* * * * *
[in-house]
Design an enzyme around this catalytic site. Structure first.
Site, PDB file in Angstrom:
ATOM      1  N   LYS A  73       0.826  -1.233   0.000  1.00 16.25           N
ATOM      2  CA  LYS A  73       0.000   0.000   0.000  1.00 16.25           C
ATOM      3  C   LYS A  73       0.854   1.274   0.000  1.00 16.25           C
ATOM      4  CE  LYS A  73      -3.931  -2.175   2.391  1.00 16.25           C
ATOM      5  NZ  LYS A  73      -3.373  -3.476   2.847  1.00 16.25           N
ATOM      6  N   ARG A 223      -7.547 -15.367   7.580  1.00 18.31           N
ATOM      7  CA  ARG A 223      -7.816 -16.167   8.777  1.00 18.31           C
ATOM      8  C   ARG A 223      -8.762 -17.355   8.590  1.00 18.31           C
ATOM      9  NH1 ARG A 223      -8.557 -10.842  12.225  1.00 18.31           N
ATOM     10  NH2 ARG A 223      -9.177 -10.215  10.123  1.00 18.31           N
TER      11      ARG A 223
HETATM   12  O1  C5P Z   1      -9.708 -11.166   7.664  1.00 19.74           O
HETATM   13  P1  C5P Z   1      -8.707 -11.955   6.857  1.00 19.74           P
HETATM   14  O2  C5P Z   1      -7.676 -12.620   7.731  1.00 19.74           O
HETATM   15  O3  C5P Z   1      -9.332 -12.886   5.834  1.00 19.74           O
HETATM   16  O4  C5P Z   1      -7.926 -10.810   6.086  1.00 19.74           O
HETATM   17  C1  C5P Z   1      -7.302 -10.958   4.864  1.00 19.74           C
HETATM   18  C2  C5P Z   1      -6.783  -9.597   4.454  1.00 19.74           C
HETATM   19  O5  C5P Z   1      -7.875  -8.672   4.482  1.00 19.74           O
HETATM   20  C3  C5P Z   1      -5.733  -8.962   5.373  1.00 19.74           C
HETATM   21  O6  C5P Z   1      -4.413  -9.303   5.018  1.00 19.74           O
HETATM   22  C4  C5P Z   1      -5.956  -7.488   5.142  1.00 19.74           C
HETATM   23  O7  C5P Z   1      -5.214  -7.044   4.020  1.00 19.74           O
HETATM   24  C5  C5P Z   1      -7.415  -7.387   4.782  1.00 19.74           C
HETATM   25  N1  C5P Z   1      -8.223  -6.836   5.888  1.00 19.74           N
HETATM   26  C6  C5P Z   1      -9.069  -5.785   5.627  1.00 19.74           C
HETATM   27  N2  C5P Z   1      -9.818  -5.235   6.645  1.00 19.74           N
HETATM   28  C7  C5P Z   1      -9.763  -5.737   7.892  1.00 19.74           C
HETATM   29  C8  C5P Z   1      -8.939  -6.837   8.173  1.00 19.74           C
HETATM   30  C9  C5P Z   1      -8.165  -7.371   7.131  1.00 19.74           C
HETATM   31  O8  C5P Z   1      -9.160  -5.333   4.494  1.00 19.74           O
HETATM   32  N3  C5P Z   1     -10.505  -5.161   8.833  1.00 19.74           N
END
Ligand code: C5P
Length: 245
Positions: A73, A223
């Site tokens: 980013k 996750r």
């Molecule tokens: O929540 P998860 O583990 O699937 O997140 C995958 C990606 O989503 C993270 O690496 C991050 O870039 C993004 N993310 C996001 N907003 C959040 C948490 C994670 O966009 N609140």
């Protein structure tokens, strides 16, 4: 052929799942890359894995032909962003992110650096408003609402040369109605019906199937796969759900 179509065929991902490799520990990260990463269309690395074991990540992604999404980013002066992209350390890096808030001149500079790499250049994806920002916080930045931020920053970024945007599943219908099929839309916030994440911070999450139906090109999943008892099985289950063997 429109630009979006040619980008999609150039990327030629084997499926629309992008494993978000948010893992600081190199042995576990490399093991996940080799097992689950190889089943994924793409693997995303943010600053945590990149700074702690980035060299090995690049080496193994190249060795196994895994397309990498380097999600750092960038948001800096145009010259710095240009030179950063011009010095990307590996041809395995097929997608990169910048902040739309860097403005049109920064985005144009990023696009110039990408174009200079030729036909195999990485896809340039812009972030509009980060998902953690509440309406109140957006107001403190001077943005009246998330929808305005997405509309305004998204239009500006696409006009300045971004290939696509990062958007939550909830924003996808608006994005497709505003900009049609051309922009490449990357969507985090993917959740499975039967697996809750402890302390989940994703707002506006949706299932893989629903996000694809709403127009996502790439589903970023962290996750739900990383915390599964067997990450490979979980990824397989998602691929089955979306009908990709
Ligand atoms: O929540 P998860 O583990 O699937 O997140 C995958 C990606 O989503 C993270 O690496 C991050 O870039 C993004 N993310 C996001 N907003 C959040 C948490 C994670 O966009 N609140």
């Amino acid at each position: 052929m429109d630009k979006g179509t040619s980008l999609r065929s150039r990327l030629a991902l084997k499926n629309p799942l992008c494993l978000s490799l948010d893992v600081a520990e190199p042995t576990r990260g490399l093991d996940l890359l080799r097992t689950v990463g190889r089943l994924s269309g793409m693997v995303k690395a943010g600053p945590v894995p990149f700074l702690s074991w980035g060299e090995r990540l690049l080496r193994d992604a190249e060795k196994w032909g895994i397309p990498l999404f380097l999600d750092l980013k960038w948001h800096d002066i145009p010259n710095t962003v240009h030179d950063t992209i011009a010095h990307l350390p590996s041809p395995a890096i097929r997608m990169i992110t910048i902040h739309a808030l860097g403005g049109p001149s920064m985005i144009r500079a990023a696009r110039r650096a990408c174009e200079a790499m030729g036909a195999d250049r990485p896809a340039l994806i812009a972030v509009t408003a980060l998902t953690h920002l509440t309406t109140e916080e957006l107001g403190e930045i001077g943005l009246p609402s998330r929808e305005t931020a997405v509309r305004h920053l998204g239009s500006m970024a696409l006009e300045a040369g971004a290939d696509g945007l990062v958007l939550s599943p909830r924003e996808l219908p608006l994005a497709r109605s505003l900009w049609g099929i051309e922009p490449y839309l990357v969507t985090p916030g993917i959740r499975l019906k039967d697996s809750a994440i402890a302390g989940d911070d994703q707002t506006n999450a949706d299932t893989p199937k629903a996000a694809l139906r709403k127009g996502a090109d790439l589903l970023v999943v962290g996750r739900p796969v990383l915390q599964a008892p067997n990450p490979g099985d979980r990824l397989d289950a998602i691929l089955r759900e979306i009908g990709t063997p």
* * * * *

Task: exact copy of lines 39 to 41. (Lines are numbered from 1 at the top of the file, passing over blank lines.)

Positions: A73, A223
């Site tokens: 980013k 996750r």
């Molecule tokens: O929540 P998860 O583990 O699937 O997140 C995958 C990606 O989503 C993270 O690496 C991050 O870039 C993004 N993310 C996001 N907003 C959040 C948490 C994670 O966009 N609140």